An often overlooked souvenir item for any college football game is a game program, an encapsulation of what lay ahead for the fans.
With the season firmly on the doorstep, it is time to unveil a virtual media guide. It hardly matches the luster and tangibility of a hard-copy program, but this one is a little different.
Video preview, schedule outlook, players to watch, x-factors -- the works, we have it.
The Texas Longhorns have their sights set on a Big 12 Title. With a perceived weaker Big 12 this season -- every team but three (Texas, TCU, Oklahoma State) will be looking at new quarterback blood in their programs -- the Longhorns have an opportunity to make a big splash with one of the most experienced teams in the country.
Find everything you need to know about the 2013 'Horns right here.
Let's flashback to one summer ago.
Sophomore quarterback David Ash still had not convincingly won the starting job over junior Case McCoy. Ash was one year removed from being thrust into starter's minutes as a true freshman behind a Garrett Gilbert experiment that failed miserably.
Ash became a polarizing figure throughout the season. Some good performances to go along with the straight-up awful ones, but many will remember his fourth quarter performance in the Alamo Bowl where he threw 9-for-11 for two touchdowns to secure a come-from-behind win.
Defensively, injuries to defensive end Jackson Jeffcoat and linebacker Jordan Hicks weakened the entire defense from top to bottom. Inconsistencies at defensive tackle did not help, either, and the secondary had its share of poor performances, too.
On offense, you could see the Longhorns beginning to grow.
Playmakers like Mike Davis and Jaxon Shipley showed their awesome value, as well as running backs Malcolm Brown -- who missed five games last year -- and Joe Bergeron. But the emergence of Johnathan Gray and Daje Johnson out of the backfield added other dimensions to the offense that will only improve over the next few seasons.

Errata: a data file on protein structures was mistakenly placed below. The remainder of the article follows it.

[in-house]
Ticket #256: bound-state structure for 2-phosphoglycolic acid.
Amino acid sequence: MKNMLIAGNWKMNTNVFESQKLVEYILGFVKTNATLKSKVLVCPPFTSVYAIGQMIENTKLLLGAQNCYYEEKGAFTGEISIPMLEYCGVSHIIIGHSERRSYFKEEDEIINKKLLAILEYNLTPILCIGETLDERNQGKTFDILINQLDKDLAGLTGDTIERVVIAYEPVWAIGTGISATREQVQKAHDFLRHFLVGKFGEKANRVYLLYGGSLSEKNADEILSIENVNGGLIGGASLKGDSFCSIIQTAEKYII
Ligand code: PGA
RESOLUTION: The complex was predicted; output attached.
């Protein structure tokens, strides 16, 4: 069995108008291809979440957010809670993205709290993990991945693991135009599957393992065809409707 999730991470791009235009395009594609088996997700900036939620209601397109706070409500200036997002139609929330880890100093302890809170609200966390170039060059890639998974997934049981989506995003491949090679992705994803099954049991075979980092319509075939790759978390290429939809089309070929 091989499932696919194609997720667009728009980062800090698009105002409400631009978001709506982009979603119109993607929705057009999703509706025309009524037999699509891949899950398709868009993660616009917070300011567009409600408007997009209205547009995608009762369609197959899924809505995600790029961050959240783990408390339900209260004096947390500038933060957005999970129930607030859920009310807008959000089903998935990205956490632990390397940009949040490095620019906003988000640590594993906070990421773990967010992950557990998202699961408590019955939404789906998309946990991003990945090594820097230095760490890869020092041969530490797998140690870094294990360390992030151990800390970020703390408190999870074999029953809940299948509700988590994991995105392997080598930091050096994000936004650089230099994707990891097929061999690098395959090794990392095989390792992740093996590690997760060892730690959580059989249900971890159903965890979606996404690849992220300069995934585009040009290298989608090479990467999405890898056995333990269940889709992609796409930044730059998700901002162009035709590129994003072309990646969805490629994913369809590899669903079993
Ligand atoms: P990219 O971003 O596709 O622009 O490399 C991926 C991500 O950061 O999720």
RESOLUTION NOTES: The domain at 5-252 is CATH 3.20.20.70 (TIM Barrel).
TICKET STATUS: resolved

Texas started the year off well, securing wins over Wyoming, New Mexico and Ole Miss -- in grand fashion, no less.
But as Big 12 play began, the injuries poured on and the blemishes on defense began to surface more often. A home loss to West Virginia was one of the most memorable letdowns from a season ago, but a 63-21 drumming at the hands of the Sooners has left a very sour taste in the mouths of the 'Horns.
An Alamo Bowl berth against Oregon State put them a mere 80 miles down I-35 in San Antonio, a virtual home game for the Longhorns.
An uneasy first-half had the Longhorns staring at a 10-20 deficit at the break. But confident and lively performances from Ash fueled a comeback that generated plenty of momentum going into the 2013 season.
1. JR David Ash 6-3, 220
2. SR Case McCoy 6-2, 200
1. SO Johnathan Gray 5-11, 205
2. JR Malcolm Brown 6-0, 225 OR JR Joe Bergeron 6-1, 230
1. SR Mike Davis, 6-2, 195
2. JR Jaxon Shipley 6-1, 195
3. SO Kendall Sanders 6-0, 185
4. SO Daje Johnson 5-10, 180
1. JR Geoff Swaim 6-4, 252
2. SO M.J. McFarland 6-6, 240
Offensive Line (L to R)
1. Desmond Harrison 6-8, 310, Trey Hopkins 6-4, 300, Dom Espinosa 6-4, 305, Mason Walters 6-6, 320, Donald Hawkins 6-5, 310
2. Josh Cochran 6-6, 300, Sedrick Flowers 6-3, 310, Garrett Porter 6-6, 315, Kennedy Estelle 6-7, 290, Curtis Riser 6-4, 310
1. SR Jackson Jeffcoat 6-5, 250
2. JR Cedric Reed 6-6, 260
3. SR Reggie Wilson 6-3, 255 OR SO Shiro Davis 6-3, 250
1. SR Chris Whaley 6-3, 295
2. JR Desmond Jackson 6-1, 305
3. SO Malcom Brown 6-4, 305 OR SR Ashton Dorsey 6-2, 295
1. JR Jordan Hicks 6-2, 240, JR Steve Edmond 6-3, 245, SO Peter Jinkens 6-1, 220
2. JR Kendall Thompson 6-3, 240, SO Dalton Santos 6-3, 240, JR Tevin Jackson 6-2, 240